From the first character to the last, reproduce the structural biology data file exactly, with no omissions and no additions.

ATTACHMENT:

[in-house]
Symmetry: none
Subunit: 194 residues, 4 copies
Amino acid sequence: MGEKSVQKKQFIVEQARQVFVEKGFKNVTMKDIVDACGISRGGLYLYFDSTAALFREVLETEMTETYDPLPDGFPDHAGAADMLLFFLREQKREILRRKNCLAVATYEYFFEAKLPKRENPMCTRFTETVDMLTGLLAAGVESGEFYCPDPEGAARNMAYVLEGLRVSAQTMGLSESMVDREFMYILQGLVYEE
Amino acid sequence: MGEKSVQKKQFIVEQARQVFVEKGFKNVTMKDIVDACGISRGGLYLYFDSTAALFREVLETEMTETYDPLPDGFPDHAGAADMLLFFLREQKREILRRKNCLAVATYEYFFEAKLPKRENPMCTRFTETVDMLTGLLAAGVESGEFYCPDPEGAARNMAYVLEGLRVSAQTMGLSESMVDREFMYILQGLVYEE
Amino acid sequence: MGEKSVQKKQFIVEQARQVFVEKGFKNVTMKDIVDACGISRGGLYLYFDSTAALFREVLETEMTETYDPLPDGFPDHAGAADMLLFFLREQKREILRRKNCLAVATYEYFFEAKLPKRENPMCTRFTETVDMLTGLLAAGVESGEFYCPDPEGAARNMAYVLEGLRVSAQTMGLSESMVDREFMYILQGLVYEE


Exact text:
[in-house]
Symmetry: none
Subunit: 194 residues, 4 copies
Amino acid sequence: MGEKSVQKKQFIVEQARQVFVEKGFKNVTMKDIVDACGISRGGLYLYFDSTAALFREVLETEMTETYDPLPDGFPDHAGAADMLLFFLREQKREILRRKNCLAVATYEYFFEAKLPKRENPMCTRFTETVDMLTGLLAAGVESGEFYCPDPEGAARNMAYVLEGLRVSAQTMGLSESMVDREFMYILQGLVYEE
Amino acid sequence: MGEKSVQKKQFIVEQARQVFVEKGFKNVTMKDIVDACGISRGGLYLYFDSTAALFREVLETEMTETYDPLPDGFPDHAGAADMLLFFLREQKREILRRKNCLAVATYEYFFEAKLPKRENPMCTRFTETVDMLTGLLAAGVESGEFYCPDPEGAARNMAYVLEGLRVSAQTMGLSESMVDREFMYILQGLVYEE
Amino acid sequence: MGEKSVQKKQFIVEQARQVFVEKGFKNVTMKDIVDACGISRGGLYLYFDSTAALFREVLETEMTETYDPLPDGFPDHAGAADMLLFFLREQKREILRRKNCLAVATYEYFFEAKLPKRENPMCTRFTETVDMLTGLLAAGVESGEFYCPDPEGAARNMAYVLEGLRVSAQTMGLSESMVDREFMYILQGLVYEE